Alternatively, the invention is a method for excising a volume of tissue that comprises advancing a locator element with the assistance of RF energy through tissue to define a volume of tissue to be excised, and cutting tissue substantially along a surface of the locator element immediately adjacent the tissue volume. Rotation of the locator element or elements through an angular displacement, to facilitate cutting through tissue to remove the tissue volume is also feasible. RF energy may also be applied, intermittently or continuously, to the locator element to facilitate the excision of the target tissue.
Preferably, the device is palpable when in position around the tissue volume. Tissue may be penetrated through any excision path to the tissue volume as the surgeon sees fit. For instance, the surgeon may cut down along the locator element extension wire, or, when the device is disposed in breast tissue, circumareolarly.
The locator element may be proximally withdrawn from the tissue after it is advanced to define the tissue border for eventual re-advancement through the distal end of the deployment sleeve or complete removal from the body.
The locator element may be placed under x-ray guidance, stereotactic x-ray guidance, ultrasonic guidance, magnetic resonance imaging guidance, and the like. Target region visibility may be enhanced by, e.g., the placement or injection of an echogenic substance, such as collagen, hydrogels, microspheres, microbbules, or other like biocompatible materials, or by the injection of air or other biocompatible gases or contrast agents.
The tissue-localizing device with an energizable locator element may also be utilized for local activation of drug, medication or chemicals. An inactivated chemical may be injected into the body of the subject. The drug diffuses in the subject's body through the circulatory system. The locator element is deployed around the target tissue. Delivery of RF energy, microwave or ultrasound may activate the chemical locally around the target region. The chemicals may be activated by direct RF energy due to the chemicals entering the RF energy field, or it may be activated due to the elevated temperature in the local tissue exposed to the RF energy. Alternatively, it may also be possible to activate drugs or chemicals with RF current.
Variations of the invention may also include a tissue locator element pusher assembly. The pusher assembly is adapted to the sleeve and the locator element. A pusher within the pusher assembly may be adapted to control the sliding action of the locator element along the lumen of the sleeve. An adjustable fastener for slidably fixing a portion of a tissue locator element to the pusher may also be included. A deployment fixture may be detachably affixed to a distal end of the locator element. The locator element may be released and separated from the pusher assembly.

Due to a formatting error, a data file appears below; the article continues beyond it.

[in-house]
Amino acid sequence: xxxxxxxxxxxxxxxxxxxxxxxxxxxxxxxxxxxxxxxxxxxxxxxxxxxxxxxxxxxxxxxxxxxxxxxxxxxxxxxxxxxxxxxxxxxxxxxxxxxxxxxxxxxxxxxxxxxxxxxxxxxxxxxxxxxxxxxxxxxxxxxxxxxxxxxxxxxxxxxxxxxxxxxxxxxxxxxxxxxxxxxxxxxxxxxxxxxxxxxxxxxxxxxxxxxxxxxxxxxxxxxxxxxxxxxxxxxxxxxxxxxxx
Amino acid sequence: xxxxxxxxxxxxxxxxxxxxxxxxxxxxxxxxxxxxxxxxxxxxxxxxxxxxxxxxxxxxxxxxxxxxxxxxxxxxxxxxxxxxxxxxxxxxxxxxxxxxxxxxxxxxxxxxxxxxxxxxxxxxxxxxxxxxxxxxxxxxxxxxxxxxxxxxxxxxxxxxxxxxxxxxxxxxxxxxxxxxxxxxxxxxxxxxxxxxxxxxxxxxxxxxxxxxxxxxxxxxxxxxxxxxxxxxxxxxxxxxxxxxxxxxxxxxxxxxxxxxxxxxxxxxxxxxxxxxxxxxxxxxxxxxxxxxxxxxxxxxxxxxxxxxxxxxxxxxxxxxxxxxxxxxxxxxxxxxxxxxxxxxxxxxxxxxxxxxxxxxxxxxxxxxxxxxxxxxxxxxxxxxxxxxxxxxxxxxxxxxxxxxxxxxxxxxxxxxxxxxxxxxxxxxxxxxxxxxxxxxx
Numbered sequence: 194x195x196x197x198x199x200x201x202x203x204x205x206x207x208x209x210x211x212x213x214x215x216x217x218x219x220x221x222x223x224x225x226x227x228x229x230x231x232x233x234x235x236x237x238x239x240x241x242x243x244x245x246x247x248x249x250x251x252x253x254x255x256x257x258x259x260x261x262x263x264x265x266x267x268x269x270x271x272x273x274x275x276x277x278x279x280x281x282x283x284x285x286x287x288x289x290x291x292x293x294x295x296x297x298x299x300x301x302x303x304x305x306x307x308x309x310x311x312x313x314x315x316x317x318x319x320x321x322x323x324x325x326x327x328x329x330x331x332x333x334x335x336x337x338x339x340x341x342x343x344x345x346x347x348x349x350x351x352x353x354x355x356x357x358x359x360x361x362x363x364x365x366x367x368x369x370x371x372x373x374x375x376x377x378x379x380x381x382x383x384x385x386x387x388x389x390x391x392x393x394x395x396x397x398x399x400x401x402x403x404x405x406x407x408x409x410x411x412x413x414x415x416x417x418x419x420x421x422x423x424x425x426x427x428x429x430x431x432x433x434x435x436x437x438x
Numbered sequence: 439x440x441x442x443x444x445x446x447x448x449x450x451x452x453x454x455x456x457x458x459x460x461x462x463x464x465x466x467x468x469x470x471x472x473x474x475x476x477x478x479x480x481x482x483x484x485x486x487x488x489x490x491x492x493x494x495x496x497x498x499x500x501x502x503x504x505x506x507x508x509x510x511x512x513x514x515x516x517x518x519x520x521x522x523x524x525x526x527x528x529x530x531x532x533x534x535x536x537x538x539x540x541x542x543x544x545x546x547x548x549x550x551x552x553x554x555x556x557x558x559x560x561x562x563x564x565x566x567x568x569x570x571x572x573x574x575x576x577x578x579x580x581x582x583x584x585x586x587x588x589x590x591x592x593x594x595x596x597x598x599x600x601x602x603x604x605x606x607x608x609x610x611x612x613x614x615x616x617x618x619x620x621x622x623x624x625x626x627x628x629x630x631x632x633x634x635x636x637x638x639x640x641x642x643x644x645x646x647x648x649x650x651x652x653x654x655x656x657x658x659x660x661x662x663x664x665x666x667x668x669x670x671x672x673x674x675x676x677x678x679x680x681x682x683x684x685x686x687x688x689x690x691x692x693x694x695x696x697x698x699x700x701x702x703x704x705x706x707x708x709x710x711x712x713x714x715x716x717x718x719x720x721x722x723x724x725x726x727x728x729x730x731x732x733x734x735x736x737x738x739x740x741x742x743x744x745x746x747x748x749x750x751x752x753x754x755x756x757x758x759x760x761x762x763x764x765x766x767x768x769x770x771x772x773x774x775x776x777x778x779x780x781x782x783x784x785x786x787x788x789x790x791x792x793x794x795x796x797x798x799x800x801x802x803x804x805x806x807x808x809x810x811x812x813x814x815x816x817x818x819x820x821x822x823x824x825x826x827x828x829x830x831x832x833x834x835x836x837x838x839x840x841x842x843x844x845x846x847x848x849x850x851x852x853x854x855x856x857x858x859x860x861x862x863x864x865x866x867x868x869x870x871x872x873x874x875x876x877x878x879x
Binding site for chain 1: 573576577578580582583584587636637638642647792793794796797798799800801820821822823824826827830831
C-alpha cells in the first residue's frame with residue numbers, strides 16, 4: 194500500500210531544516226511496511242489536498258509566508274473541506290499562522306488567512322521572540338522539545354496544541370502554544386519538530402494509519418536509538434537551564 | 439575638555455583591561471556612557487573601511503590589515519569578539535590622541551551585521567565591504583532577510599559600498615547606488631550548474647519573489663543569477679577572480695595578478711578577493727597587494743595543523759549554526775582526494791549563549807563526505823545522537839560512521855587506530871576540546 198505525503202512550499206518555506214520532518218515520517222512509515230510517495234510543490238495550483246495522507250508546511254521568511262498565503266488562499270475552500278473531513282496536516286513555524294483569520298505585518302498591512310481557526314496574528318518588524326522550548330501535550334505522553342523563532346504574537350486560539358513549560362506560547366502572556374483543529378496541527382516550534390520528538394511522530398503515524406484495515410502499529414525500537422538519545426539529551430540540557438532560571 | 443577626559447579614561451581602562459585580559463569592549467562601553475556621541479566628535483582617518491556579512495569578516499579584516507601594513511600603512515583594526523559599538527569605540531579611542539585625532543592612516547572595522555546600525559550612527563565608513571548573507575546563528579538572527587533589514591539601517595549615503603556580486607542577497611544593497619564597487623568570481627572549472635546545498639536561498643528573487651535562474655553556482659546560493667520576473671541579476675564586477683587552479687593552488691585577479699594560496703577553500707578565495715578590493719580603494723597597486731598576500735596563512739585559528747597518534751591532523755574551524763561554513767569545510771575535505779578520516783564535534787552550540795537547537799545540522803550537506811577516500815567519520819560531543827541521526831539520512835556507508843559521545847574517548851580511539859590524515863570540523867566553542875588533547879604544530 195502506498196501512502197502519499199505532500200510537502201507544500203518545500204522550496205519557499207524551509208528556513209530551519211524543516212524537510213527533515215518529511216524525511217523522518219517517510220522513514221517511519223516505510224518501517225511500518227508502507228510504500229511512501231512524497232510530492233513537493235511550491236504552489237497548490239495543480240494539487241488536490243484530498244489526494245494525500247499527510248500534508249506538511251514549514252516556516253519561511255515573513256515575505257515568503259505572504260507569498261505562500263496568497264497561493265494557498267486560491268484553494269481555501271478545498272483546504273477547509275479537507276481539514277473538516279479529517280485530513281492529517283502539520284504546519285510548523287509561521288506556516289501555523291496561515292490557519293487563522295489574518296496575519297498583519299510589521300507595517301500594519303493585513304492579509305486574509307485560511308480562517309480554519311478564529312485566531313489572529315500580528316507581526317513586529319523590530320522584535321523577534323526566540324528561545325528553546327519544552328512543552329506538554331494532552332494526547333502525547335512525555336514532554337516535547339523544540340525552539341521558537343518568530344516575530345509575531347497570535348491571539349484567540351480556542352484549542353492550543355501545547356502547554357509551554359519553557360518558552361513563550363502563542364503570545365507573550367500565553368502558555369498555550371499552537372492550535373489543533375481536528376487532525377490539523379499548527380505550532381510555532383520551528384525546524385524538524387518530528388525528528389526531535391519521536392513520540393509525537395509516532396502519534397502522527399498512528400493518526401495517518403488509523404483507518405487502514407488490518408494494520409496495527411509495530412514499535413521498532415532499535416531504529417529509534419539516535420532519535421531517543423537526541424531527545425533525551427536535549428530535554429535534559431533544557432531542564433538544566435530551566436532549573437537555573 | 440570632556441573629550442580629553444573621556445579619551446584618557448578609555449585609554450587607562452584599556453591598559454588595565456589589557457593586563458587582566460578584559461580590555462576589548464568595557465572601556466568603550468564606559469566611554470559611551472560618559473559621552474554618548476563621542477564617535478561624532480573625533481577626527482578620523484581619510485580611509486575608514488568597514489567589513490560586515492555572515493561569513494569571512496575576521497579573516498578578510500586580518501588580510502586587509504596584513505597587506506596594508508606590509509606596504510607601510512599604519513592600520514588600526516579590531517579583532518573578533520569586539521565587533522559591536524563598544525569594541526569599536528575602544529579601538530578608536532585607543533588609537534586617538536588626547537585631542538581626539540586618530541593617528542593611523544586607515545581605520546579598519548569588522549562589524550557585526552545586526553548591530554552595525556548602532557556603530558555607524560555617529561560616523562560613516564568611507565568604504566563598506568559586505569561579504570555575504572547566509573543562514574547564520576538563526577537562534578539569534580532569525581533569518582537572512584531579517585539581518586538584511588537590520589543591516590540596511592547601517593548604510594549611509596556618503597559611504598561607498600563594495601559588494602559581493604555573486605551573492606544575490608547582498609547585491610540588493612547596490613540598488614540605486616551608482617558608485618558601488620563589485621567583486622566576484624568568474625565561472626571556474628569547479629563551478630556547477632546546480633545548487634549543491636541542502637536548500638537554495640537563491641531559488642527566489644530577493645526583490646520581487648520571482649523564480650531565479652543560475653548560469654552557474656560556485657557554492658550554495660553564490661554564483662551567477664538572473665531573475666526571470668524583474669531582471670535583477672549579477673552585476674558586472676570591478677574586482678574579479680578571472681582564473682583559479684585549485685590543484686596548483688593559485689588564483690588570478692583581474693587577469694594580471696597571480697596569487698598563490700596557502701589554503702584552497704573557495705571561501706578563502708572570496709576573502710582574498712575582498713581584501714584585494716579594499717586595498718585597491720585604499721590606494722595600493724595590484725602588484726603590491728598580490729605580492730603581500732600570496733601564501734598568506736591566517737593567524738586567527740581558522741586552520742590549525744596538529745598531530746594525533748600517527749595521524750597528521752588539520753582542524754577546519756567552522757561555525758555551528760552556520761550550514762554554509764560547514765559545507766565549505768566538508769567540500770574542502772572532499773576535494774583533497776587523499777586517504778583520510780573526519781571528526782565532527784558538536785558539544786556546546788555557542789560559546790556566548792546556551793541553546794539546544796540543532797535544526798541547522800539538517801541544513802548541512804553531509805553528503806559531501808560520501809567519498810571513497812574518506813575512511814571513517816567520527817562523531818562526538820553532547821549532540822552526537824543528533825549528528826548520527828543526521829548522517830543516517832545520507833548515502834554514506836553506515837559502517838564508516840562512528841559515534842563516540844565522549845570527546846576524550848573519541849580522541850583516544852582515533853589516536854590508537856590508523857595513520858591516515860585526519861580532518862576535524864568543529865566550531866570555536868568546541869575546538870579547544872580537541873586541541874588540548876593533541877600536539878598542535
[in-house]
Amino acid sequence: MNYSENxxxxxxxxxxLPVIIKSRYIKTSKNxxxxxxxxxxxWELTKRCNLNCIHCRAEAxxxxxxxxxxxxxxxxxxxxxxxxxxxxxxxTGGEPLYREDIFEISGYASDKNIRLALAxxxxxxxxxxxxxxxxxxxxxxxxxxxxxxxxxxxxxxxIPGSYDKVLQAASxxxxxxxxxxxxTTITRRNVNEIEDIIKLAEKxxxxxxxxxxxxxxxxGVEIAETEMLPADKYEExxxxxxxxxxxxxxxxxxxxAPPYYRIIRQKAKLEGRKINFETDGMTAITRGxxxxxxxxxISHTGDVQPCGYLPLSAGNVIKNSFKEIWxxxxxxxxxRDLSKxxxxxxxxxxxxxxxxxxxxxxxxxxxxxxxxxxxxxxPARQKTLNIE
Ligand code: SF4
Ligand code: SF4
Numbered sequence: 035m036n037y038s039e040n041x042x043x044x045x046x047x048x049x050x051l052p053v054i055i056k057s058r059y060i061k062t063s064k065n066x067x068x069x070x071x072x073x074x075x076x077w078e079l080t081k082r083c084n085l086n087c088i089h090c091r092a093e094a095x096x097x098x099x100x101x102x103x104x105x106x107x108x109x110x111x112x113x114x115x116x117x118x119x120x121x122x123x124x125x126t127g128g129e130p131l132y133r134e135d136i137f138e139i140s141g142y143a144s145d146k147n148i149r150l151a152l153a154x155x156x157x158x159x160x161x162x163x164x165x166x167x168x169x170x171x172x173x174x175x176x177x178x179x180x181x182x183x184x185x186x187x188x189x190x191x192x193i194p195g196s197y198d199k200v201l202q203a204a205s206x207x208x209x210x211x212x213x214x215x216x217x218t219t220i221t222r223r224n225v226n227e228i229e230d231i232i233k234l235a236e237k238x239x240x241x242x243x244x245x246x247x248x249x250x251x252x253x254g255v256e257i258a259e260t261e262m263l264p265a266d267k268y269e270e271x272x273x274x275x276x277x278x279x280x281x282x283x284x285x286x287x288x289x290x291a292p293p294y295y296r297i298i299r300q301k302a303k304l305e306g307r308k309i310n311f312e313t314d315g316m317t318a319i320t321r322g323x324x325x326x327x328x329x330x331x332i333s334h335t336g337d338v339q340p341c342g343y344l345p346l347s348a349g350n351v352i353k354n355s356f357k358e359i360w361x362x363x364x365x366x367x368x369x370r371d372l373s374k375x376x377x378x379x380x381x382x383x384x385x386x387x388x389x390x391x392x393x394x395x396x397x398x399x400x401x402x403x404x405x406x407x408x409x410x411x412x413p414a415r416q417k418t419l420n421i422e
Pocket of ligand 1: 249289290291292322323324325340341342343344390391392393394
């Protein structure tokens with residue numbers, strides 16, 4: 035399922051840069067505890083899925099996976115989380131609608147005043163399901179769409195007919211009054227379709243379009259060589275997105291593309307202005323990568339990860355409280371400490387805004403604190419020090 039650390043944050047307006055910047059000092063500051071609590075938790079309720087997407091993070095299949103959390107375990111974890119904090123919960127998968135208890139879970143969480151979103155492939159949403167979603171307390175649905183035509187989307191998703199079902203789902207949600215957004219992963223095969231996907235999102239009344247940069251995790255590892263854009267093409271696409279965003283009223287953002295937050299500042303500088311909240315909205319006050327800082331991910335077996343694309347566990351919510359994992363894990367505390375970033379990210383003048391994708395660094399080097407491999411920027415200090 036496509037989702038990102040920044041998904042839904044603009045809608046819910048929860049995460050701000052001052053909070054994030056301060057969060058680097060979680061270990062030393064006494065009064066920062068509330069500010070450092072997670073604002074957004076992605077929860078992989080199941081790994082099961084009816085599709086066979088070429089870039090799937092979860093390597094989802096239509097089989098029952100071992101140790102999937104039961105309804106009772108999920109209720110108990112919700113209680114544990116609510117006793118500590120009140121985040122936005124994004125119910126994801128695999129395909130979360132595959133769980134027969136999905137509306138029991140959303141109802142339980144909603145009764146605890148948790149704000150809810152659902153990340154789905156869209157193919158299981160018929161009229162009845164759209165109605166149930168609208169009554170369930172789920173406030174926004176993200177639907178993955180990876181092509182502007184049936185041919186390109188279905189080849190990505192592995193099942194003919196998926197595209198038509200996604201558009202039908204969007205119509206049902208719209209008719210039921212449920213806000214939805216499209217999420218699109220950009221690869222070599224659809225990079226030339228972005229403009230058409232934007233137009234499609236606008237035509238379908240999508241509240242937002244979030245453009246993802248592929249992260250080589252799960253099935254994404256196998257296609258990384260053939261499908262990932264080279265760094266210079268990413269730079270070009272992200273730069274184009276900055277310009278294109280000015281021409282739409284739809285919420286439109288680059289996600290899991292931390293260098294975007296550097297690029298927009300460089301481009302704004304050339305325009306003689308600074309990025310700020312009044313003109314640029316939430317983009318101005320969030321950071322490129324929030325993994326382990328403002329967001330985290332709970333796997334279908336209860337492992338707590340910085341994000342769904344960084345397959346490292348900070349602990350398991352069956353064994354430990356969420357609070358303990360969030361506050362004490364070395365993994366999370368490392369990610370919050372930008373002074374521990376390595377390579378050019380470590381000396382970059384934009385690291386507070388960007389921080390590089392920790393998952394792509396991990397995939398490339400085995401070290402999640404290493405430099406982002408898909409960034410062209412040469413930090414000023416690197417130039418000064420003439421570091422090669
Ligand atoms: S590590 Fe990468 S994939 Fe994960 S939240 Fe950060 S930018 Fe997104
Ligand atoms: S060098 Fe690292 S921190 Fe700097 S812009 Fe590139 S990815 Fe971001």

Alternatively, the tissue locator element pusher assembly may include a housing having a lumen, a pusher having a pusher lumen slidably disposed in the housing lumen, a tissue locator element at least partially disposed in the pusher lumen, and a delivery tube or sleeve having an optional sharpened distal tip and affixed to the housing. The delivery tube or sleeve has a lumen adapted for slidably receiving the pusher and the tissue locator element.
Still further, the tissue locator element pusher assembly may include a housing having a proximal end, a distal end, a central housing lumen, and at least one longitudinal slot in communication with the housing lumen, and a pusher slidably disposed in the housing lumen. The pusher may have a pusher lumen and an adjustable fastener for slidably fixing a portion of a tissue locator element to the pusher, a control lever affixed to the pusher and extending at least partially through the housing slot, and a tissue locator element at least partially disposed in the pusher lumen. A delivery tube or sleeve may have a lumen adapted for slidably receiving the pusher, and the locator element may be disposed on the distal end of the housing in communication with the housing lumen.